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From the catalogue 'Homebase'.

The catalogue was published on the occasion of the exibitions 'Homebase' at the Kunsthalle Nürnberg and Kai 10 | Arthena Foundation in Düsseldorf.

Washbasins, tablecloths, pot plants, door handles, electric cables, pendant lamps, wallpapers, curtains, porcelain figures, upholstered furniture, radiators, flights of stairs and, again and again, tiles: since 1983 Jörg Sasse has been taking photos – initially analogue, later digital as well – in private living rooms. His photos show what we are surrounded by every day: the world of profane objects with which we live and furnish ourselves. At first glance, the motifs resemble scenarios found by chance, composed by everyday life. But a second look reveals the complexity of the pictorial composition: although there are some intersections with the outside world, every motif appears as a self-contained system. Jörg Sasse depicts the inexhaustible cosmos of everyday objects and architectonic details in reduced, sometimes almost abstract compositions. Concentrated photographically, every detail, every colour, form, structure and materiality develops significance, and the familiar objects that our gaze would pass over without pause in everyday life are given an almost iconic presence by the narrow picture section selected: they turn into protagonists, stars of the stage. Several hundred shots from private living rooms – together with photos of display windows and from public buildings – meanwhile constitute a group of works continued for three decades, which Jörg Sasse collects under the generic heading “Still Life”. While this series consists entirely of his own photographs, in other work groups – in his “Tableaus”, “Lost Memories” and “Stores” – Sasse also uses found amateur photographs, acquiring them through Internet auction houses, at flea markets, or in the context of house clearances, and then processing them at the computer. In his conceptual handling of images, Jörg Sasse, who sees himself as a fine artist using the medium of photography for his work, poses the question of the relationship between photography and reality, the construction of memory, and the changeability of reality as seen through photography. All digitally undertaken alterations, therefore, should not be seen as manipulation of the original image; instead, they represent a further development of the original photo into a new, independent image in regard to its colours, forms and correspondences.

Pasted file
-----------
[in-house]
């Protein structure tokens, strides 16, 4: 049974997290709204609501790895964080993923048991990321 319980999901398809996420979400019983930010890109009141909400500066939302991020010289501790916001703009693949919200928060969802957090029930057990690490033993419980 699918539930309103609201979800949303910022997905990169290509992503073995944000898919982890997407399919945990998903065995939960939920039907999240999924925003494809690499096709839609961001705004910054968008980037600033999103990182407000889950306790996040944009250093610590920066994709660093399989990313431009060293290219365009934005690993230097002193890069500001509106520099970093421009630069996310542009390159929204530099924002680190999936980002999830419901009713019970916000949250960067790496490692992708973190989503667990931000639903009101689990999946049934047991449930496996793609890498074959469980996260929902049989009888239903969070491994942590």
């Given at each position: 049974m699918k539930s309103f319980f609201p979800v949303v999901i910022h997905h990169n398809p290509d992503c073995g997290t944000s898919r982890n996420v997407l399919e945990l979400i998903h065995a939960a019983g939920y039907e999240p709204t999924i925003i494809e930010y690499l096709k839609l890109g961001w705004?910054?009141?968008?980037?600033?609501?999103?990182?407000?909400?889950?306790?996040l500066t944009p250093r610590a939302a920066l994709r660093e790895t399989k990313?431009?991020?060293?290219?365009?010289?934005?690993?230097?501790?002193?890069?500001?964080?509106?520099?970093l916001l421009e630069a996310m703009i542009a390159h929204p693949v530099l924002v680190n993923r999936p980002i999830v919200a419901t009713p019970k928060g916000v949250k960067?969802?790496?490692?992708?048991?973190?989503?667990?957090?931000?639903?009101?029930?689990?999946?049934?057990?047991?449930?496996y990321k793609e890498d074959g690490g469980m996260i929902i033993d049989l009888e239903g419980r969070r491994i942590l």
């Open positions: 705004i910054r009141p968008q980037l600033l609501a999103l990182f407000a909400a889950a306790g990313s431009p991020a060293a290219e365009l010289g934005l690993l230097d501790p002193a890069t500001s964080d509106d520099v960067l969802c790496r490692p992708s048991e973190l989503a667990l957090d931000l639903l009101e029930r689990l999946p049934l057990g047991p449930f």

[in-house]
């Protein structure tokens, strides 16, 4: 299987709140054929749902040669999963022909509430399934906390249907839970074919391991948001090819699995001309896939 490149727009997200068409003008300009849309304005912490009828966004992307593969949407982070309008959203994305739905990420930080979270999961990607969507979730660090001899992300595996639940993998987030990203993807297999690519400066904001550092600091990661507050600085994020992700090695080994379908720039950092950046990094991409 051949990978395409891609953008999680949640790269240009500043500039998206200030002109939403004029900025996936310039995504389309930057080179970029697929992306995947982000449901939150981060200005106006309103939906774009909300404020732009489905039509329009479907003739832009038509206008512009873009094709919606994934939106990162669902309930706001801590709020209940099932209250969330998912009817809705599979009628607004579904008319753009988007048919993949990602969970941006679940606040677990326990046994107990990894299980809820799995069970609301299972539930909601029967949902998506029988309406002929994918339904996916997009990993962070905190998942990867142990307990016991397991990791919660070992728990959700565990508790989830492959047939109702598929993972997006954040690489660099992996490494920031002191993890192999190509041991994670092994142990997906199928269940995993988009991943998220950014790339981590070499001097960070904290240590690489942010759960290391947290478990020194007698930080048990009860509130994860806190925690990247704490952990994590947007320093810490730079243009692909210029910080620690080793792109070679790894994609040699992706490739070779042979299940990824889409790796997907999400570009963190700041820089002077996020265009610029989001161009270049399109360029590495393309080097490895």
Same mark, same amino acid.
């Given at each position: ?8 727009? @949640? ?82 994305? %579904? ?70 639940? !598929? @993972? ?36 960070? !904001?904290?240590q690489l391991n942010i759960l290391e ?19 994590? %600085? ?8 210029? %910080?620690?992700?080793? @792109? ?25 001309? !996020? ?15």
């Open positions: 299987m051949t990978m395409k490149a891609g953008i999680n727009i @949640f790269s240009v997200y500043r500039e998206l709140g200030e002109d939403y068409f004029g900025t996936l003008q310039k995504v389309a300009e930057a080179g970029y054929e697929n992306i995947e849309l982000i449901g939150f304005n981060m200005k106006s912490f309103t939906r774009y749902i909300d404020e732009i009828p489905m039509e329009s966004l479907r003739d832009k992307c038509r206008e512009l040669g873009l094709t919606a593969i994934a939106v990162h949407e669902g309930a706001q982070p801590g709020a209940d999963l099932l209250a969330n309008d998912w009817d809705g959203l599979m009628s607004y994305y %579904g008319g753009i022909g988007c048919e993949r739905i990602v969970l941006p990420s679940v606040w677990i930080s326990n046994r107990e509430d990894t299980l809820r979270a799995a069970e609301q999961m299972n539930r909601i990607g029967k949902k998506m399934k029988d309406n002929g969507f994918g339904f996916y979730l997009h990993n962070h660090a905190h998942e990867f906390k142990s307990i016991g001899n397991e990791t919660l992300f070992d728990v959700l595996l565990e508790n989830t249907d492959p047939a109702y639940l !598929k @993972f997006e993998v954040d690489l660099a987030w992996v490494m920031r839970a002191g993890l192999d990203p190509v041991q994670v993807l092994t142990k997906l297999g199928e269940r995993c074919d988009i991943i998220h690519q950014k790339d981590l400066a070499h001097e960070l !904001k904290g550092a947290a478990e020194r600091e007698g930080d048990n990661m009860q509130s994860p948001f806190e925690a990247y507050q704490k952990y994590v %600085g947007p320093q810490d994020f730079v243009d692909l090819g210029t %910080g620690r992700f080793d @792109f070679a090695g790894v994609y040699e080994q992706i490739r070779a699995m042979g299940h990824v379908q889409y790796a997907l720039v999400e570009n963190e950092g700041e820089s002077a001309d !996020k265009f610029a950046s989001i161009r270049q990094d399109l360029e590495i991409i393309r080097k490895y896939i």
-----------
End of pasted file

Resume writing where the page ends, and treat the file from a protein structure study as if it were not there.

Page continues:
Harriet Zilch, 2016